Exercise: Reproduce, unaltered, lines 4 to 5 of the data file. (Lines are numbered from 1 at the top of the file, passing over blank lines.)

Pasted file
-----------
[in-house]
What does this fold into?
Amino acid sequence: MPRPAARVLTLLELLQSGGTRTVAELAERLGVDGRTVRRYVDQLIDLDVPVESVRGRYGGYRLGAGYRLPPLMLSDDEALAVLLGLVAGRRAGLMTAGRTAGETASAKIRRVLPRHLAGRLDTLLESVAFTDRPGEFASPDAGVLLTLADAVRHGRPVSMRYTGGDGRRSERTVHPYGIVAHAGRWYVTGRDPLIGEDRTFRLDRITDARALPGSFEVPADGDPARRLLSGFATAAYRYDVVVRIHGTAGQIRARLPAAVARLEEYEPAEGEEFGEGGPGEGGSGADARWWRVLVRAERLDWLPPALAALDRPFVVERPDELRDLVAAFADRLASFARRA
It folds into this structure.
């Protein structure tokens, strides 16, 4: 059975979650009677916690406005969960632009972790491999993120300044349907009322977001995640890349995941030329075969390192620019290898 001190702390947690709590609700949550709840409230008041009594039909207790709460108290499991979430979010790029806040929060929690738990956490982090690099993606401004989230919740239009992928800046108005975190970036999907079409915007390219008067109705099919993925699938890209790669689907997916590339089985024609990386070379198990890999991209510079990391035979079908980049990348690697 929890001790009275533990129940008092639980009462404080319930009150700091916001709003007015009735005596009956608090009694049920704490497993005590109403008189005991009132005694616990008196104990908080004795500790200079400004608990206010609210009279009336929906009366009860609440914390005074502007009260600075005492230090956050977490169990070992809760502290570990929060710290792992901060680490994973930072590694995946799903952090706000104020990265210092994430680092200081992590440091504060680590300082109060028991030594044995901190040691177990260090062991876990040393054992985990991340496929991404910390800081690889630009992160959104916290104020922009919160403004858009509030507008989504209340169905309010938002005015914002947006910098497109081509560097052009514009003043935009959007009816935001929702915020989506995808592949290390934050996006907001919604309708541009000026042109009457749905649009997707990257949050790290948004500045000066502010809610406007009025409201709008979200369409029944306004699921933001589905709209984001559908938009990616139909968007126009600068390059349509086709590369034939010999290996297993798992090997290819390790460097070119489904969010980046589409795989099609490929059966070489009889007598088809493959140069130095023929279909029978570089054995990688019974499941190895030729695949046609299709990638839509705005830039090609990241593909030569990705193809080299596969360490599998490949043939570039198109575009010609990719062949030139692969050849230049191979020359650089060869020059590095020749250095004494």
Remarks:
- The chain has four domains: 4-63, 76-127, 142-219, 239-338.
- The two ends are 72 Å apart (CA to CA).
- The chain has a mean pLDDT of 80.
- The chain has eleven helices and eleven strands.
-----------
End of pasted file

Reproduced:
It folds into this structure.
């Protein structure tokens, strides 16, 4: 059975979650009677916690406005969960632009972790491999993120300044349907009322977001995640890349995941030329075969390192620019290898 001190702390947690709590609700949550709840409230008041009594039909207790709460108290499991979430979010790029806040929060929690738990956490982090690099993606401004989230919740239009992928800046108005975190970036999907079409915007390219008067109705099919993925699938890209790669689907997916590339089985024609990386070379198990890999991209510079990391035979079908980049990348690697 929890001790009275533990129940008092639980009462404080319930009150700091916001709003007015009735005596009956608090009694049920704490497993005590109403008189005991009132005694616990008196104990908080004795500790200079400004608990206010609210009279009336929906009366009860609440914390005074502007009260600075005492230090956050977490169990070992809760502290570990929060710290792992901060680490994973930072590694995946799903952090706000104020990265210092994430680092200081992590440091504060680590300082109060028991030594044995901190040691177990260090062991876990040393054992985990991340496929991404910390800081690889630009992160959104916290104020922009919160403004858009509030507008989504209340169905309010938002005015914002947006910098497109081509560097052009514009003043935009959007009816935001929702915020989506995808592949290390934050996006907001919604309708541009000026042109009457749905649009997707990257949050790290948004500045000066502010809610406007009025409201709008979200369409029944306004699921933001589905709209984001559908938009990616139909968007126009600068390059349509086709590369034939010999290996297993798992090997290819390790460097070119489904969010980046589409795989099609490929059966070489009889007598088809493959140069130095023929279909029978570089054995990688019974499941190895030729695949046609299709990638839509705005830039090609990241593909030569990705193809080299596969360490599998490949043939570039198109575009010609990719062949030139692969050849230049191979020359650089060869020059590095020749250095004494």